The following is another article written for the online, video-based physical therapy continuing education company MedBridge Education…
Among one of the most common musculoskeletal complaints, neck pain has been estimated to effect between 22% and 77% of individuals in their lifetime according to the Neck Pain Clinical Practice Guidelines published by Childs et al. While this pain is typically self-limiting and resolves with time, Bovim et al found that 30% of patients reporting neck pain will ultimately develop chronic symptoms of greater than 6 months in duration. In addition to this study, researchers also found that between 37% (Cote et al) and 44% (Hurwitz et al) of those who experience neck pain will report lingering symptoms for at least 12 months. Unfortunately, even after successful treatment, there has been a reported recurrence rate of 50-85% within the first 1-5 years following resolution of symptoms (Halderman et al). Neck pain is multi-factorial in nature with patients reporting varying symptoms depending on pathology, psychosocial influences/fear-avoidance, and age. Because of the varying clinical presentations of this particular group of patients, an individualized treatment plan developed based on their specific impairments/symptoms should be implemented.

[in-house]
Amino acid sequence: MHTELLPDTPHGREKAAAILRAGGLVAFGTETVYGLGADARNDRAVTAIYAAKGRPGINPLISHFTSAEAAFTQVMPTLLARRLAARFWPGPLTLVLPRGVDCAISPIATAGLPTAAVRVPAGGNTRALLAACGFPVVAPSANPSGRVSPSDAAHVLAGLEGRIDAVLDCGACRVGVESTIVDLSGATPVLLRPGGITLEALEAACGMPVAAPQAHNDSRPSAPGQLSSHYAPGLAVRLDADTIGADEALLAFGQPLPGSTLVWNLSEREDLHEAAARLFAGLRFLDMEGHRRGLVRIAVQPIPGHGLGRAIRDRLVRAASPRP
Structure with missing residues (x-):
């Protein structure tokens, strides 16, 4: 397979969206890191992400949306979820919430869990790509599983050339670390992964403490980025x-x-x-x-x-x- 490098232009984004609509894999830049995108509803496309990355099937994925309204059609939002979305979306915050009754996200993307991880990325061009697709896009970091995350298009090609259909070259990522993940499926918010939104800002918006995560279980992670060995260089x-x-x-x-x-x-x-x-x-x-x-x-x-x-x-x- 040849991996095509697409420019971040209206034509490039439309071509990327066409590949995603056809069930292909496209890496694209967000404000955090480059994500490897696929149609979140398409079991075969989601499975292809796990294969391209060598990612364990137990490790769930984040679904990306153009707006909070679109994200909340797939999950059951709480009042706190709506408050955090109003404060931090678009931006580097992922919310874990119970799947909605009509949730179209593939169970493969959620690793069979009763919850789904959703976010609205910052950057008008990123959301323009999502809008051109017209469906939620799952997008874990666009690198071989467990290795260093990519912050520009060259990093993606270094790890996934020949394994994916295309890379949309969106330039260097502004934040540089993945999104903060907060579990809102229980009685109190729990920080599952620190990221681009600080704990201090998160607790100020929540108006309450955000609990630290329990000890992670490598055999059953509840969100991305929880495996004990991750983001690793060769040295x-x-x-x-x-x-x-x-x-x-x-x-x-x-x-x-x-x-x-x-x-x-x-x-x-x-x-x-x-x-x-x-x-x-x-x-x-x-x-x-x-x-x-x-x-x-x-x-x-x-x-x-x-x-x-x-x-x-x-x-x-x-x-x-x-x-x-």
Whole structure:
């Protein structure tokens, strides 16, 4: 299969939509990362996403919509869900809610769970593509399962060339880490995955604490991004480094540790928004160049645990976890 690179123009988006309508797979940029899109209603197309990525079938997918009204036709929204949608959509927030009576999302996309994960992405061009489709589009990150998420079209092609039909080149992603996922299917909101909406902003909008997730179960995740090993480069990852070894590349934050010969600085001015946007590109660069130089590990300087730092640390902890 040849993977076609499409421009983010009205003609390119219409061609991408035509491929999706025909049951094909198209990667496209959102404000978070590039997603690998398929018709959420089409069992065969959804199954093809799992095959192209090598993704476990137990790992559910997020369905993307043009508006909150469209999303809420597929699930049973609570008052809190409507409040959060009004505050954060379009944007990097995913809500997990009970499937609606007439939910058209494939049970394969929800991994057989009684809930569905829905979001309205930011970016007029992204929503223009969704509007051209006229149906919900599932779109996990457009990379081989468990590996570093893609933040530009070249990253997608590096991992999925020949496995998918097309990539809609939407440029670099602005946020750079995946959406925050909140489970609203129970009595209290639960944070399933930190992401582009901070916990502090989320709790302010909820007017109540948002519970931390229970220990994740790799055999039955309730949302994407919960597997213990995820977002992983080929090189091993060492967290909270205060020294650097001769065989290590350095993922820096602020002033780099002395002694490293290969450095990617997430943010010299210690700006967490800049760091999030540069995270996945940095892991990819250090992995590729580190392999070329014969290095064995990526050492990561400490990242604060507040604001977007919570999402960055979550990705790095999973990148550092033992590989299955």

The primary goal of classification is to determine the treatment approach most likely to yield the best clinical outcome for an individual patient and secondarily to determine the patient’s appropriateness for physical therapy. Taking after the treatment-based classification system proposed by Delitto et al for low back pain, Childs et al developed a similar system for disorders of the cervical spine. The first step in this classification scheme is determining the patient’s appropriateness for physical therapy. In general, this stage encompasses screening for ‘red flags’ (cervical myelopathy, cancer, ligamentous instability, fracture, and vascular compromise) as well as non-musculoskeletal causes of neck pain (i.e. cardiac event). This preliminary stage of the process is integral in ruling out significant pathology that needs further radiological imaging and/or surgical intervention prior to beginning a course of physical therapy. During this stage, two specific clinical prediction rules (CPR) can be utilized in order to improve your ability to make the best clinical judgment in this important preliminary stage in the examination process (Cervical Myelopathy and Fracture). After successfully clearing your patient from the presence of serious pathology, the patient’s psychosocial profile should be screened for the presence of any ‘yellow flags’ that may alter your treatment approach (catastrophizing, high fear-avoidance beliefs, ect.). These patients may benefit from a graded exercise, graduated exposure, and/or a pain science education approach in conjunction with the treatment-based classification system groupings.